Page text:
Last month, the Florida Army National Guard’s Sgt. Valerie Deant was shocked after arriving at the Medley Firing Training Center shooting range for her unit’s “annual weapons qualifications training,” and coming across a very disturbing find.
Last Friday, Brooklyn District Attorney Ken Thompson announced that his office is investigating six NYPD officers on suspicion of planting guns on innocent people to pad their arrest records and fulfill department quotas.
Monday, Jan. 5, Brooklyn District Attorney Kenneth Thompson agreed to exonerate Derrick Hamilton, a man who was wrongfully convicted of murder and spent 21 years in prison.
Fifty years ago, Black Nationalist advocate El Hajj Malik El Shabazz/Malcolm X had departed from the Nation of Islam in March of 1964 and was challenging the white supremacists elite at their institutions of higher learning.
Dec. 9 marked the 33rd anniversary of the near-fatal shooting and brutal beating and incarceration of Black Panther activist Mumia Abu-Jamal at the hands of Philadelphia police.
A slight tension was in the air at several key Staten Island locations early Dec. 3, as dozens of demonstrators withstood the chilly drizzle and staunch police presence in anticipation of a local Richmond County grand jury’s ruling on whether the NYPD’s Daniel Pantaleo would formerly face charges for choking the life out of 43-year-old Eric Garner July 17.
A Jacksonville, Fla. sheriff fired a shot at an unarmed Black man last Monday (Nov. 24) as the man rushed his asthmatic daughter home to get medication.
A follow-up forum conducted earlier this month by the December 12th Movement at Harlem’s UCLA—the University on the Corner of Lenox Avenue—discussed Zimbabwean President Robert Mugabe’s visit to New York City a couple months ago, where he addressed the 69th session of the United Nations General Assembly.
Many local residents are upset about certain signs that have been posted up in some uptown businesses recently, which they say racially profiles the indigenous community in their own hoods.
Local grassroots supporters are speaking out against the banning of WHCR radio host Leroy Baylor, who was taken off their airwaves back in July amid allegations of anti-Semitism.
The West Bronx born and bred culture known as hip-hop commemorates its 40th anniversary this weekend, and the organization that established it—the Universal Zulu Nation—will observe its 41st anniversary.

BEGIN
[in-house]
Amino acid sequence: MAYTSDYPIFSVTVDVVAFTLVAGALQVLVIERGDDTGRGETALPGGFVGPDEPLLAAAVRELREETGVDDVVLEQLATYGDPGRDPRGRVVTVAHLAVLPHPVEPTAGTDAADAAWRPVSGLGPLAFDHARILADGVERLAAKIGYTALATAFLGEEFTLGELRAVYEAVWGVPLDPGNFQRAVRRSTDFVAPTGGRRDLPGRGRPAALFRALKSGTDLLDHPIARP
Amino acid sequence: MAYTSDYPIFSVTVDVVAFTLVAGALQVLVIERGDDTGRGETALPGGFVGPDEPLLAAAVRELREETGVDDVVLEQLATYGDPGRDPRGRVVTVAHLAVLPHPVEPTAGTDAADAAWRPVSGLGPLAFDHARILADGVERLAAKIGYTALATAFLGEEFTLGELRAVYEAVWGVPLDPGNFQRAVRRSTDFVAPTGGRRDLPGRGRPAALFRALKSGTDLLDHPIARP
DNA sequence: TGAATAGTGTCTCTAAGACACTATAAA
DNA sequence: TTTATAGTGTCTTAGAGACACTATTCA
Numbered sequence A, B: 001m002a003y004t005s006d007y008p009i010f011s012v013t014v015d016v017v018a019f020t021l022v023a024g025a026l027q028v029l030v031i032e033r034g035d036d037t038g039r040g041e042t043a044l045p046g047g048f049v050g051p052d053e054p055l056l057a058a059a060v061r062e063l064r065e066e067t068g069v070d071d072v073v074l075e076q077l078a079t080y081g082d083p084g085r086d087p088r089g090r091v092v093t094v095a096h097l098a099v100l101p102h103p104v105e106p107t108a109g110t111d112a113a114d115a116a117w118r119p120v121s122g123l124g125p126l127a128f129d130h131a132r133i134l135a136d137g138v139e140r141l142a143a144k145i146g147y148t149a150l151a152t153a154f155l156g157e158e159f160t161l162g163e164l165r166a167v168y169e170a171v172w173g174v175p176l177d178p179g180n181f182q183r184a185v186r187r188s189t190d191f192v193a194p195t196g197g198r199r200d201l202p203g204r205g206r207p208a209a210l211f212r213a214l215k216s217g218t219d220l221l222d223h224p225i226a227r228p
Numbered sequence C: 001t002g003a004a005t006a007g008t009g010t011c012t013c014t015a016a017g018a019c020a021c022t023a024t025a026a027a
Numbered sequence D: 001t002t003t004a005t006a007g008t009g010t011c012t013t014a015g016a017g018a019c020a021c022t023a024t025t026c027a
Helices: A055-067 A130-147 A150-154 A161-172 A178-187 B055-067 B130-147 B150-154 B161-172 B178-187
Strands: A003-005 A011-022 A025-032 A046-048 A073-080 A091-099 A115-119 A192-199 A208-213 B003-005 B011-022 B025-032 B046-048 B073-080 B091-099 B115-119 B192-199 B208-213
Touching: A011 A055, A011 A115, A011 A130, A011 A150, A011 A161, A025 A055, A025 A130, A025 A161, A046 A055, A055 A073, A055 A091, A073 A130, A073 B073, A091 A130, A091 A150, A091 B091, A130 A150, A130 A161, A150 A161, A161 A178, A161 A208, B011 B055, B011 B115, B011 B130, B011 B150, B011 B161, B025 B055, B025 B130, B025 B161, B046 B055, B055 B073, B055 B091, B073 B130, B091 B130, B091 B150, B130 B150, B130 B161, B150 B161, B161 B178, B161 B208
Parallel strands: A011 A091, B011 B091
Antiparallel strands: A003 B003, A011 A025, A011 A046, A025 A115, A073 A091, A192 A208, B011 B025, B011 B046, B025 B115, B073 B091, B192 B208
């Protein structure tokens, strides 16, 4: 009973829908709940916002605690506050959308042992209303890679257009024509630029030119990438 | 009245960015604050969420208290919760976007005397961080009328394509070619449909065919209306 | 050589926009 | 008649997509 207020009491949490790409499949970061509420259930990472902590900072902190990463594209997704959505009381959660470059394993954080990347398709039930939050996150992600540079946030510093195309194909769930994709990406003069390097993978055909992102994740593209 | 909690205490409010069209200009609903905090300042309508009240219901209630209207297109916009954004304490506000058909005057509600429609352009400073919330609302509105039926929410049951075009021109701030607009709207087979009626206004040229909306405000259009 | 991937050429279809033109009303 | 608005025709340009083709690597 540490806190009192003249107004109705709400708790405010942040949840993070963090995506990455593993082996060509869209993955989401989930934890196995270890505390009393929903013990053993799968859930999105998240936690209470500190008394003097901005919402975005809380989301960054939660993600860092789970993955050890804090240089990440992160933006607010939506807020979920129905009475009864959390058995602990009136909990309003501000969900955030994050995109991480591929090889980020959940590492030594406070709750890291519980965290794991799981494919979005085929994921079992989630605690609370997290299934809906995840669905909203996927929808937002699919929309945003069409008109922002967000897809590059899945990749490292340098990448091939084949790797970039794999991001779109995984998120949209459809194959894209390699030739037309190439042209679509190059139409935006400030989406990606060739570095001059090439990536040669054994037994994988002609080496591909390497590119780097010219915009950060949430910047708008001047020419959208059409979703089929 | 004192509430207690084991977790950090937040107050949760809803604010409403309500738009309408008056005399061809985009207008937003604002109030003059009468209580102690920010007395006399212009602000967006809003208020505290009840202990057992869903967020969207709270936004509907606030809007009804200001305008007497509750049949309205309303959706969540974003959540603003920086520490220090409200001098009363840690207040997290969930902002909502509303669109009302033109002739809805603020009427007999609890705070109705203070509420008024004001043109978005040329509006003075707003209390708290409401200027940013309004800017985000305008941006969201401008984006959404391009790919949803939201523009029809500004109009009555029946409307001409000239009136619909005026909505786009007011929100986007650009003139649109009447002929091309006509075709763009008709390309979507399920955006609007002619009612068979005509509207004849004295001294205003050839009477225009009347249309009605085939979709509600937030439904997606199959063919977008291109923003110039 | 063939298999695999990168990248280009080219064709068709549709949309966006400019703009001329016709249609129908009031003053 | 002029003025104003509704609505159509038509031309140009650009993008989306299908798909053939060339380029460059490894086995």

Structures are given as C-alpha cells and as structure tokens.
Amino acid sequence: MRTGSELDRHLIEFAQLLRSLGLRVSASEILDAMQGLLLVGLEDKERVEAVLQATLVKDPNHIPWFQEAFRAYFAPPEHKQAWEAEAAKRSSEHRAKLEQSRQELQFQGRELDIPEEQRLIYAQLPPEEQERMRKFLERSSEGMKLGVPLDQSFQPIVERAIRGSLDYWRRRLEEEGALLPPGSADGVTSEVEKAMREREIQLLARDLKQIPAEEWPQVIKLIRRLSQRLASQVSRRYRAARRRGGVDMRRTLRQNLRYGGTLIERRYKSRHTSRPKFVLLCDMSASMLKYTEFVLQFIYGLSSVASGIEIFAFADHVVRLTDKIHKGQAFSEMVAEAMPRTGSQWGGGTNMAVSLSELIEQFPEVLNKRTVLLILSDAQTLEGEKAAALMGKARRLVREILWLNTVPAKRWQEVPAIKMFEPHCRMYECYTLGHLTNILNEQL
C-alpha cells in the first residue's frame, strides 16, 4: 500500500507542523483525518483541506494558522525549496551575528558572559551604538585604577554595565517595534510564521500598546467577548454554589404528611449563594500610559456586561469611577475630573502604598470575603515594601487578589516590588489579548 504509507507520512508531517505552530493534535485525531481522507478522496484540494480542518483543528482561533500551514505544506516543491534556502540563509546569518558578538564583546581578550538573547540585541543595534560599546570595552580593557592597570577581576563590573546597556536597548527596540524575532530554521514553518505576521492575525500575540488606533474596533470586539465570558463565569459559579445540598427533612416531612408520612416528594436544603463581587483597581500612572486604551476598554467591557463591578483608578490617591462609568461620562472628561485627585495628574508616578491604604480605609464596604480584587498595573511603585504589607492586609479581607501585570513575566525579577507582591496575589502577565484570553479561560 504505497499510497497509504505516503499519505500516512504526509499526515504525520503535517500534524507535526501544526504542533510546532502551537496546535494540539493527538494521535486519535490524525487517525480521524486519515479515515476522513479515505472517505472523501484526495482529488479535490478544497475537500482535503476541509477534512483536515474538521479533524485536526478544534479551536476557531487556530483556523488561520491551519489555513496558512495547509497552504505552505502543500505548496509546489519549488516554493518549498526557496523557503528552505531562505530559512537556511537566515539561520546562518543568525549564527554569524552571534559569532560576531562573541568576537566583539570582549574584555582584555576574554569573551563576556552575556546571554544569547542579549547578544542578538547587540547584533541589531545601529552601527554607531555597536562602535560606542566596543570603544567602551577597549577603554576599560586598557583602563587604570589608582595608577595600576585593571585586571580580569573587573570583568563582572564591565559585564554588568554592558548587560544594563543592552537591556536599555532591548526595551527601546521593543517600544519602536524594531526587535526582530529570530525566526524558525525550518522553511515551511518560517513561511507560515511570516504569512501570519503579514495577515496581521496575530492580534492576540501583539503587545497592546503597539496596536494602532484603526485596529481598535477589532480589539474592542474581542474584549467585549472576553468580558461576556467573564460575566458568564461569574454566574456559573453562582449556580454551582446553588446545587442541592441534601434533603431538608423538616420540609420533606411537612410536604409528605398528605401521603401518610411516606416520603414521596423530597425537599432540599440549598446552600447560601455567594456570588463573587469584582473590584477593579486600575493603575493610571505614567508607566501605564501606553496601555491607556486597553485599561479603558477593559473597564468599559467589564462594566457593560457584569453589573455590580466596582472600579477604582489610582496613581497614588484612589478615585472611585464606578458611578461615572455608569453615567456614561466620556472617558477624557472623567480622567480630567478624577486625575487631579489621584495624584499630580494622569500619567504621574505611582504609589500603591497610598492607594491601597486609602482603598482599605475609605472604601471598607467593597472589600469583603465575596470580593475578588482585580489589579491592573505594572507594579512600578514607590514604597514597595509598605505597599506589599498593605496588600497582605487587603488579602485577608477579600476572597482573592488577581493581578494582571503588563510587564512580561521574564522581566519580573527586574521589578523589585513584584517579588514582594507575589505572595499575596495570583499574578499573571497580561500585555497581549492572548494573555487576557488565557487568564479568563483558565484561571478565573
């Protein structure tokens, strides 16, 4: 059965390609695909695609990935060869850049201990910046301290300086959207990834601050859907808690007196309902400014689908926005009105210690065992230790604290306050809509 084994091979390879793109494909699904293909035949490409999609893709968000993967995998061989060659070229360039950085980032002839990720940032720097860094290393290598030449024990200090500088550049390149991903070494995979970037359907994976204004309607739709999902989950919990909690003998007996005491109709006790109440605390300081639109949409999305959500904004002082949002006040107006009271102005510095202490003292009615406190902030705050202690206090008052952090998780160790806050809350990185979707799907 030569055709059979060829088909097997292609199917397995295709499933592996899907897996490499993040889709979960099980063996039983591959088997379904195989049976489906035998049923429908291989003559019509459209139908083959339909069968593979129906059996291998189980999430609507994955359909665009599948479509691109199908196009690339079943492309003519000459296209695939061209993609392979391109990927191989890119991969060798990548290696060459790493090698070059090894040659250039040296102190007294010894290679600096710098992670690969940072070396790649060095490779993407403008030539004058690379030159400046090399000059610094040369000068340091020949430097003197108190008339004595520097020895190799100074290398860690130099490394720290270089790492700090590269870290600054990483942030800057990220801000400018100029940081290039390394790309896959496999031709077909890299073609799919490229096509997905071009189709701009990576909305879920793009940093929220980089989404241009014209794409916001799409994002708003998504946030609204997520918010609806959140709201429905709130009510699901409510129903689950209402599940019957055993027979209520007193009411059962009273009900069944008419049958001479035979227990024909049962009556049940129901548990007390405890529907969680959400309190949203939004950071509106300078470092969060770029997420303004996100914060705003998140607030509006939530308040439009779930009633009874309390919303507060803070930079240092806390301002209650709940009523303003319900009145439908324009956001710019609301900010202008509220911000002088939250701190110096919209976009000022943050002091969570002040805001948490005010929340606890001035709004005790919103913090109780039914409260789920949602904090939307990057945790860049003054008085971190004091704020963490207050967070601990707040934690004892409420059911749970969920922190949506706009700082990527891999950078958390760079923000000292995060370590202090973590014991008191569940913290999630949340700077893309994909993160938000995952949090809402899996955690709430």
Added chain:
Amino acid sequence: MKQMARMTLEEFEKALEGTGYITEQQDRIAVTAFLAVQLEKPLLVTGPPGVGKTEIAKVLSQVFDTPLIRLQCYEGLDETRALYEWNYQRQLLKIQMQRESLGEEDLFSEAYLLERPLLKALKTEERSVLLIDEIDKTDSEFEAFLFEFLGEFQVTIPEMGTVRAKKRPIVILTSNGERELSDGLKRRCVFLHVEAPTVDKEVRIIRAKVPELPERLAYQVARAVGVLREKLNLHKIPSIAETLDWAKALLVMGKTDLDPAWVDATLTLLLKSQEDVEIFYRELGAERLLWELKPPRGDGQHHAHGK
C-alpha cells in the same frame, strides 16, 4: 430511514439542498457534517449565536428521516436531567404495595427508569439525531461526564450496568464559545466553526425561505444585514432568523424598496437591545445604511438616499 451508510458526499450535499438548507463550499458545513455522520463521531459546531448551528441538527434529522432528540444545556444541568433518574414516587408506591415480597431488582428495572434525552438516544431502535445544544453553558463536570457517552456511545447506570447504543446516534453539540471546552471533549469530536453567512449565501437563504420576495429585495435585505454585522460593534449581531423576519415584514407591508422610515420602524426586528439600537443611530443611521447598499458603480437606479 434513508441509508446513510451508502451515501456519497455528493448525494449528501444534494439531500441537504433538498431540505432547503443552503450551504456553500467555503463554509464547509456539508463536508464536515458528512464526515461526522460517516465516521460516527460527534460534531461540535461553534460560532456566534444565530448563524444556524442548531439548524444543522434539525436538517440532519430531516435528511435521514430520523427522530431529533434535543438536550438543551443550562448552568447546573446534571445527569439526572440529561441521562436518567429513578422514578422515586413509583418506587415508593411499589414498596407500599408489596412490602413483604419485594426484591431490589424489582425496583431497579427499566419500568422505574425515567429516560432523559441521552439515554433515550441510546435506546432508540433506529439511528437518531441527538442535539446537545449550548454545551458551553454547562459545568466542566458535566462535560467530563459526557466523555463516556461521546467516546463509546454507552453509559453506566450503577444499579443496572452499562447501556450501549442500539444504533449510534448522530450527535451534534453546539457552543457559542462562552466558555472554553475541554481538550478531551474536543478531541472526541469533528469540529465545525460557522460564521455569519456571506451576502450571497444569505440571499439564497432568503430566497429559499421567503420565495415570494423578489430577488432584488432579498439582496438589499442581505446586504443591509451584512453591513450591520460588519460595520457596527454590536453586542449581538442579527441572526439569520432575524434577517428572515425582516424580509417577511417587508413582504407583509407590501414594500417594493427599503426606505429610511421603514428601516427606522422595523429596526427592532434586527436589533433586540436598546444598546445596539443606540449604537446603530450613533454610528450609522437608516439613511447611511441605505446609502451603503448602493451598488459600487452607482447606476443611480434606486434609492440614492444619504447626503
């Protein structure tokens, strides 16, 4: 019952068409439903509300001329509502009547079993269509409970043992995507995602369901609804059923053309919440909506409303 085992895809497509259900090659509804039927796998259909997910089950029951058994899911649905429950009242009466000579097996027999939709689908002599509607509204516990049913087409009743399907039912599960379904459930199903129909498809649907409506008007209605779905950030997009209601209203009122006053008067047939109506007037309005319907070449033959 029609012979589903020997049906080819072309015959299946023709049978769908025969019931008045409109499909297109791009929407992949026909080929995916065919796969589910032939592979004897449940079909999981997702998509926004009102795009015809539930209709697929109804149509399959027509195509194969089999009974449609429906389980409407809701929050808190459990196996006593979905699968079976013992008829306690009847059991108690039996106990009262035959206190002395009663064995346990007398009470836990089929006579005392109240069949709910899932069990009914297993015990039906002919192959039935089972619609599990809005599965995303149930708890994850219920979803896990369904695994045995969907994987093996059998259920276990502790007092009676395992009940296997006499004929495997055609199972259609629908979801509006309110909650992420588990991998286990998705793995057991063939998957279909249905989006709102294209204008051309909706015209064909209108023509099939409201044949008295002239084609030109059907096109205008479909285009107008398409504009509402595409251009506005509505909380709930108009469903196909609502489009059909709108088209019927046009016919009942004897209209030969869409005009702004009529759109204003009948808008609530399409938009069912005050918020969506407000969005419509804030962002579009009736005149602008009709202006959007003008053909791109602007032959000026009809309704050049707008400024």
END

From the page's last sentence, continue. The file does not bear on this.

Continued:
In a recent issue of Final Call, Nation of Islam leader Louis Farrakhan charged that U.S. scientists are concocting deadly diseases, with the primary purpose to “depopulate the world of Black people.”
After being convicted earlier this month of first-degree murder for the November 2012 shooting death of Jordan Davis for blasting his music in a Florida convenience store’s parking lot, Michael Dunn was sentenced to life without parole last Friday.
During the past couple weeks, various local events have commemorated the establishment of the Five Percenters, a.k.a. Nation of Gods & Earths, a half century ago.
Reports released last week revealed that political prisoner of war Jamil Al-Amin, formerly H. Rap Brown, has been transferred out of solitary confinement to the general population at a new prison location.
Just two months after teenager Michael Brown was killed by Ferguson, Mo., policeman Darren Wilson, another unarmed 18-years-young Black male was also fatally shot by a different local area Caucasian cop.
A capacity-crowd packed the world famous Apollo Theater last Saturday evening to witness some prominent Five Percenters perform on stage to commemorate their nation’s 50th anniversary with this historic throwback concert.
After being a political prisoner of war for nearly three decades, Dr. Mutulu Shakur was considered for parole by a California Victorville Federal Correctional Facility board Aug. 12.
During a recent two-week trip to China, Robert Mugabe, the anti-imperialist president of Zimbabwe, addressed a seminar in Beijing where various African diplomats were present, taking the opportunity to challenge Caucasians in South Africa, suggesting that they are responsible for placing the country in a compromising position.
The appeals panel found that the 2011 parole board ignored evidence that was beneficial to Acoli.
The two Caucasian cops who killed 22-year-old Darrien Nathaniel Hunt in Saratoga Springs, Utah, Sept. 10 shot him six times from behind.
After getting shot up in Las Vegas on the night of Sept. 7, 1996, hip-hop icon Tupac Shakur joined the ancestors six days later, Sept. 13, at 4:03 p.m. On the 18th anniversary of his transition, local activists reflected on his New York City history.
The family and friends of Monroe Isadore conducted a memorial this past Sunday at 13th and Pine streets in Pine Bluff, Ark., to acknowledge the one-year anniversary of his murder by police.
The recent news about the city finally financially compensating the five Harlem young men who were unjustly incarcerated a quarter of a century ago for the brutal April 19, 1989, assault and rape of Trisha Ellen Meili, a 28-year-old Caucasian female jogger in Central Park, conjures up memories about another highly politicized miscarriage of justice involving half a dozen Harlem teenagers who were also wrongfully convicted for a heinous crime committed against Caucasians.
Members from the Nation of Gods & Earths, a.k.a. the Five Percenters, held an afternoon press conference Aug. 21 in front of their national headquarters, the Allah School in Mecca to announce the plans for their half-a-century anniversary commemoration next month.